Whenever, whoever, you guys found any issue of FortiOS, please let me know or list the issue description here.

 

If it's a bug, someone will try to fix it.

If it's a demand of new feature, someone will try to add it to new build.

 

Thanks all!

You would NEVER see the above in a Cisco forum.  Why I'm a Fortinet customer since 2004.  Thanks!

 

Yes there were some periods where you learned very quickly not to do upgrades until needed and to use this invaluable resource to let others navigate the minefield first :)

seadave

ddskier wrote:

dfollis wrote:

I've been running 5.4.5 on 500D for months with over 250 users accessing it, SSL VPN, multi-factor with FAC, logging to FAZ, OSPF and it has been rock solid.  What kind of bugs are you seeing?  I have ~50 policies and using all but spam and WAF filters.  I've found over the last 14 years that .0/.1/.2 can be very buggy and or often unintended user configurations that don't follow good practice (which is often difficult to determine) are the cause of most issues. 

 

Running 5.6.3 on 60WiFi with AP at home and that also appears to be performing well.  If you are commenting on the Security Fabric, I agree totally it needs more work and I would suggest is more of a gimmick than actual network overlay security solution at this point.

 

We are moving our 500D to 5.6.3 soon.

See some of my posts within the 5.48 is out thread and you will see some of the issues that I have run into.

I'll review, thanks for pointing that out.

emnoc
Esteemed Contributor III

I just post a thread on  Fortios v5.6.0 is here. I will be upgrade a FWF50E appliance when my supplier get his stock refresh. Should be interesting to say the least ;)

 

 

Ken

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SMabille

Hi, I think that loads of aggravation with large customers with need for really rock solid firmware could resolved be extending engineering support for longer. The lifetime of a release is too short for them, they “finally” got a stable platform on 5.2 (roughly 6 months without incident) and rebuilding their trust in the product that they are told they need to move up. Extending engineering support on 5.2 shouldn’t be very costly or resources intensive at this stage and will allow to tell customers that the software they are installing (let’s say when 5.2.9 was released) will be supported for 4 years, instead we have to tell them they will need to upgrade in 12 months.... commercially it’s a major issue.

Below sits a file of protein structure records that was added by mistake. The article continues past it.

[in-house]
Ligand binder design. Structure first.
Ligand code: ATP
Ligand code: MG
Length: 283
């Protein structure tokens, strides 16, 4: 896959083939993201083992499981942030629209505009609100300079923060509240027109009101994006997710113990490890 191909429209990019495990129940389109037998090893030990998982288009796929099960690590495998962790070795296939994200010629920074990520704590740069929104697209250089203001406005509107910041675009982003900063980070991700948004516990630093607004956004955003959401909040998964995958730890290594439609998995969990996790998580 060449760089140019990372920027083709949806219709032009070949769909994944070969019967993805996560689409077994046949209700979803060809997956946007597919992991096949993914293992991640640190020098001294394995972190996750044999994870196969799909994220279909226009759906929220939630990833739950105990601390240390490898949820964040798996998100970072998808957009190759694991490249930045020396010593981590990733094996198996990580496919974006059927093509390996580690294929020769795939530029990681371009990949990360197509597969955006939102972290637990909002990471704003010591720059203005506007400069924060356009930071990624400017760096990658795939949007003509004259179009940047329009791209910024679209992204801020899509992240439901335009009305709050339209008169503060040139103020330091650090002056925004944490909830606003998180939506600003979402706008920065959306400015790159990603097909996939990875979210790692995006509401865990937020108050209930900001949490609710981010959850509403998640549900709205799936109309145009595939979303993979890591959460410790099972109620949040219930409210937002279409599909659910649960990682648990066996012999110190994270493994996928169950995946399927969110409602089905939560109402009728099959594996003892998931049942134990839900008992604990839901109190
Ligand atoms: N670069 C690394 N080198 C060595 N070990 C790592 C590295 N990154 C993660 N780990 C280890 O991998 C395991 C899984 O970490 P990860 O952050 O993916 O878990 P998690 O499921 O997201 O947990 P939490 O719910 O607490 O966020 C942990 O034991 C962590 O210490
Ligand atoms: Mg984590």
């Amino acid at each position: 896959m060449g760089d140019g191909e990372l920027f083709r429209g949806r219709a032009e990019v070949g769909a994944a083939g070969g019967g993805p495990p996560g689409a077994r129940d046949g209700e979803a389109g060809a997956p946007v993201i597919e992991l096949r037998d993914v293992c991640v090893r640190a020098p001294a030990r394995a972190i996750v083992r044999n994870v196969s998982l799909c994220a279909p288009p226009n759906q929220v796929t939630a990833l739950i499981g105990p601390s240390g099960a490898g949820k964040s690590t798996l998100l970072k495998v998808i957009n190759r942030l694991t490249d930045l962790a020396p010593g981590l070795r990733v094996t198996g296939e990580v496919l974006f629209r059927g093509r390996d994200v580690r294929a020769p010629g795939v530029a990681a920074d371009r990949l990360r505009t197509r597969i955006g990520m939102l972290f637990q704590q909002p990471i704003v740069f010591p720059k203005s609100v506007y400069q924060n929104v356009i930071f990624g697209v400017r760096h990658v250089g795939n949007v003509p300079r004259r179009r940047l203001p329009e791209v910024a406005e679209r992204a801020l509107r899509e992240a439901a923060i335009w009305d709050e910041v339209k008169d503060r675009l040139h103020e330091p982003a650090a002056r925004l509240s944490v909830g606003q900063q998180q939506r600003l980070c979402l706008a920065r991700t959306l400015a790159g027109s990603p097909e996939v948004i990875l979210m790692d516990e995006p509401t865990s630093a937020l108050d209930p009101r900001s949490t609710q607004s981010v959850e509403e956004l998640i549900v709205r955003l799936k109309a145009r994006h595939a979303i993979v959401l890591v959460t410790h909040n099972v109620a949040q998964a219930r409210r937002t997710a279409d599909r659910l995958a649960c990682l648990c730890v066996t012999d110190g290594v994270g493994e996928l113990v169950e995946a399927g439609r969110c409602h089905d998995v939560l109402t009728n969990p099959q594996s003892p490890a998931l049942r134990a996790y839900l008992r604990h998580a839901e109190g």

emnoc
Esteemed Contributor III

Not really, the  life cycle of the firmware is right on par with others..

 

 

e.g  PANOS has approx 36months of slightly more on  it's version and FortiOS is just about the same.

 

The problem is , fortigate QA  program is not catching all of the issues. We are the actually  the best QC department  ( end-users ) and without feedback in the form of supportcases, they won't fix the issues in the firmware.

 

We can complain and wine about v.5.2.x all day long,  but it's ( v5.2.x)  going to die and reach some  EoL/EoS. v5.4 or v5.6 or now v6.0 is your new major releases. So get use to it ;)

 

Ken

 

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SMabille

If you read my post correctly, I complain about the lifespan of stable version, so let’s be generous 5.2.7 was 03/17, exactly a year ago (and still discovered a couple of major bugs) and EOL today. 5.4.8 is now solid enough to recommend customers to use it, but with 6.0 being released 5.4 EOL is already in sight. And for reference PanOS lifecycle is very different to what you mention (it would mean 5.2.13 would have engineering support for 48 months). Commercially it’s invaluable Software release 5.0 or after: Major feature releases will be supported for 24 months. The last minor feature release of a major release cycle (see definition below) will be supported for 48 months. Support includes technical support, bug fixes, maintenance releases, workarounds, and patches for critical bugs And I’m sorry but customers don’t have to “live with it”, they are always free to vote with their feet. As FG partner it’s one of the biggest issue we got, customers complaining that once they finally reach a stable platform they have to upgrade 6 months down the line with the risk of a new cycle of major bugs discovery.